We see this sequence in the greatest commandment as well. The first part is to love the lord your God with all your heart, soul, mind and strength. (Luke 10:27 et al). That’s what gets us started, and what prompts and equips us to love our neighbors as ourselves. Without the love of God, we will not be able to sustain the love for our neighbors. The first part provides the motivation and the strength for the second part.
We see this in another parable – the story of the sheep and the goats. Jesus says to the goats, “Away from me. I never knew you.” The goats ask for explanation, and he explains that when they didn’t feed the hungry or give water to the thirsty or welcome strangers, it is as if they didn’t do these things for Jesus himself. The point is that those who love God and are seeking to do God’s will would have loved these people. Our good works are the outflow or symptom of our faith.
It’s like taking your computer in for repair. For the technician to be able to figure out what’s going on in the computer, you have to give him access to it – the password to get in. Otherwise he won’t be able to do anything at all and it’ll just stay like it was. If you give him access, he’ll get into it and clean things up and get them running right again. And it’ll run great for awhile and do lots of good things, but every now and then you’ll need to take it back for more clean up. It’s like that for us, too. For God to work in our lives we have to give him access – use the gift of the faith that he’s given us to accept the grace and forgiveness being offered, and accept the new life Jesus brings us. And he’ll get inside and clean some things up and get us back on track and running right and doing good things, and the more we give him access, the more he can do in us.
When we let God have access, we get a generous opportunity, which is to do the will of God and to know the blessings that come with doing God’s will. In the process God helps us change from a perspective of entitlement to one of stewardship. We see entitlement in the rich man – all this is mine and I’m entitled to enjoy it. Instead, he could have been thankful to God for giving him all that he had and used his richness to bless others.
God gave the rich man a generous opportunity. God was generous to the rich man, and God generously put Lazarus right on his doorstep, a most convenient opportunity to share his blessings.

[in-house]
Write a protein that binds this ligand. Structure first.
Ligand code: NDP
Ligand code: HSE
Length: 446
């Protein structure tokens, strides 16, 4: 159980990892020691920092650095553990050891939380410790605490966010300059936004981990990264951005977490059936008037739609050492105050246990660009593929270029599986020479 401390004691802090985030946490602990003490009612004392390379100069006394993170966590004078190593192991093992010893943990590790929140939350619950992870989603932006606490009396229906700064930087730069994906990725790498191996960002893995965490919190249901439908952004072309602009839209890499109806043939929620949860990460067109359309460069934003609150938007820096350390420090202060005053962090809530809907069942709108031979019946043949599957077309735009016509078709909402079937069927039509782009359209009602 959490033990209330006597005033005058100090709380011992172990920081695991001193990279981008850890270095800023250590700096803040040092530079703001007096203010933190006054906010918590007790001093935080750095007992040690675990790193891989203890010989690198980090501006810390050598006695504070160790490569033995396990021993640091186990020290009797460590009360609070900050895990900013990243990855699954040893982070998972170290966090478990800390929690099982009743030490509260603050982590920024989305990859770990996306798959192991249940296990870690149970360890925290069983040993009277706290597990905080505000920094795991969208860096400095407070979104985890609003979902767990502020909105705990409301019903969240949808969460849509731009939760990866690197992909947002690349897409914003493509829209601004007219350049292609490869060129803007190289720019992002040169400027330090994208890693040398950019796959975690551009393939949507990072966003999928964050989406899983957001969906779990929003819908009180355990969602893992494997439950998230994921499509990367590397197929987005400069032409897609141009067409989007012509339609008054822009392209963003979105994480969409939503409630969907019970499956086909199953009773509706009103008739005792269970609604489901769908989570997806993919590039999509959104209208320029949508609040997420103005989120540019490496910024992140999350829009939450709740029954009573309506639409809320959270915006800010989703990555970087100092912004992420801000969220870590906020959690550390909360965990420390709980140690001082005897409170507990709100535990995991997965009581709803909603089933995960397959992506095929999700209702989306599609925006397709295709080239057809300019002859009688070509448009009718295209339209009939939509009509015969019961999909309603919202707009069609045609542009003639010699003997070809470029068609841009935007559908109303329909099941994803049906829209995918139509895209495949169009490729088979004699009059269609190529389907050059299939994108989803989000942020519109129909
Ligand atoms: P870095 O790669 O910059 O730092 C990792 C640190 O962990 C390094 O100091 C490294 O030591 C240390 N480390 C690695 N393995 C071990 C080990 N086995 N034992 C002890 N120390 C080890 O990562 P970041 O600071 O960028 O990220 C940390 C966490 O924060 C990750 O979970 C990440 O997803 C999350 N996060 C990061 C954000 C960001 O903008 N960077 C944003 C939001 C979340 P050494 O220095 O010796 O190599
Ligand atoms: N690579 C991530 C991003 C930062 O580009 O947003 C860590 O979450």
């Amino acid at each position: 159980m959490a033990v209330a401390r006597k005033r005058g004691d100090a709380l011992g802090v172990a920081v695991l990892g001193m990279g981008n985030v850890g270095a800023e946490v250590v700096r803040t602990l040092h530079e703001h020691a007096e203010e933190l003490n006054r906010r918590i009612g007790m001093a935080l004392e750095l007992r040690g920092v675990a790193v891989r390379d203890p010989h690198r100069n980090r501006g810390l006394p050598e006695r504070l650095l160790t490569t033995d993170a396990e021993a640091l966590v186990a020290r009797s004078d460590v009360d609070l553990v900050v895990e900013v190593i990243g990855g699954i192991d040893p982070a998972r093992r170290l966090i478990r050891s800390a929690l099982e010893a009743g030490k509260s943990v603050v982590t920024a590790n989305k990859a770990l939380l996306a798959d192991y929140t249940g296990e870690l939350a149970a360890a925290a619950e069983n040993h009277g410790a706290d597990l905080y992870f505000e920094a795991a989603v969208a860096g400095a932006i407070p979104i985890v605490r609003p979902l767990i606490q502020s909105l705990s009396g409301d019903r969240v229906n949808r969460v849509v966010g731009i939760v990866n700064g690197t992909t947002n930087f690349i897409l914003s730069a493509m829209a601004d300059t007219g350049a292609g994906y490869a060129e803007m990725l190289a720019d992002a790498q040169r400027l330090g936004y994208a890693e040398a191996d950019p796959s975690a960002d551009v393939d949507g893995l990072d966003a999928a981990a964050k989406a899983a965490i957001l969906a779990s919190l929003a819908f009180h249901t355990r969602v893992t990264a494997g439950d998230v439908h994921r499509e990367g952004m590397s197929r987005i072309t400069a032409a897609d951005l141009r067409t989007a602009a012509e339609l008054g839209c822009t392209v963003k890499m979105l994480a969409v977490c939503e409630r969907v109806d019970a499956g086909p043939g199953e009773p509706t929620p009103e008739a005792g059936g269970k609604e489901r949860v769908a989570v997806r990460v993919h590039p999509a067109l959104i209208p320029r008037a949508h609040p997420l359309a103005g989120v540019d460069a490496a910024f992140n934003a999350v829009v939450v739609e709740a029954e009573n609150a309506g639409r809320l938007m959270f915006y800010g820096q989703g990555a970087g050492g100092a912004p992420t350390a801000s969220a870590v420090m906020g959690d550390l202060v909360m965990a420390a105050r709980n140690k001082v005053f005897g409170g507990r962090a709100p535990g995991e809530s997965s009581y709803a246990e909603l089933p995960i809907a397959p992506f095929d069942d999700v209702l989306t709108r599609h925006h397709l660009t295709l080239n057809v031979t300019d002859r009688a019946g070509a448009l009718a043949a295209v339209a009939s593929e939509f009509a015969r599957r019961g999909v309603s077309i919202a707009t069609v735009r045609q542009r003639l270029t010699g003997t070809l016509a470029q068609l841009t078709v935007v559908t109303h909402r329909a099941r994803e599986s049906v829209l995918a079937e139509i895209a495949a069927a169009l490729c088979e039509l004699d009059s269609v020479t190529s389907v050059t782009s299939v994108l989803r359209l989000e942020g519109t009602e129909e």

Whenever I read this story about the rich man and Lazarus, I get to thinking . . . Who is on our doorstep? It can be easier to be generous to different organizations, to send money off to different countries, and fail to notice the need right in front of us.
There’s a pastor who tells about a time when he was about to send away the stranger at his doorstep. He lived in the house on the church property and a young man came to his door asking for help. The young man turned out to be the son of one of the church families. He struggled with alcohol and had gone away and come back so many times that his parents had given up on him. The pastor was trying to keep up with a busy agenda that day and was feeling somewhat sorry for himself, so he wasn’t feeling very charitable. He said to God, “Lord, I can’t take care of every drunken beggar in this town.” In response, a voice seemed to say, “I didn’t ask you to take in every drunk—just this one.” And so he did.
What opportunities is God putting on our doorsteps to share the blessings that we’ve been given?
· Are we responding with cheerful gratitude or grudgingly minimal response?
· Or are we turning a blind eye, looking past those right before us to do something easier or more acceptable?
· Have we allowed a seemingly uncrossable chasm to exist between us and someone who needs our help?
One thing that is very clear in this parable – we don’t have an unlimited supply of opportunities to be generous. The ultimate reality is that life is finite, and so are the opportunities. Opportunity is on our doorstep, but so is death. I don’t know if your week was like mine, but it seemed that death was in view daily. There was a lot of it this week on my Facebook feed. Three friends lost their mothers this week, and one her father. We heard a lot this week about people getting shot. Life and death is our reality. Both are always happening.
The juxtaposition of death and life this week got me to thinking metaphysically. In our parable we see life and death almost overlapping, as both are in view in the telling of the story. And I got to wondering….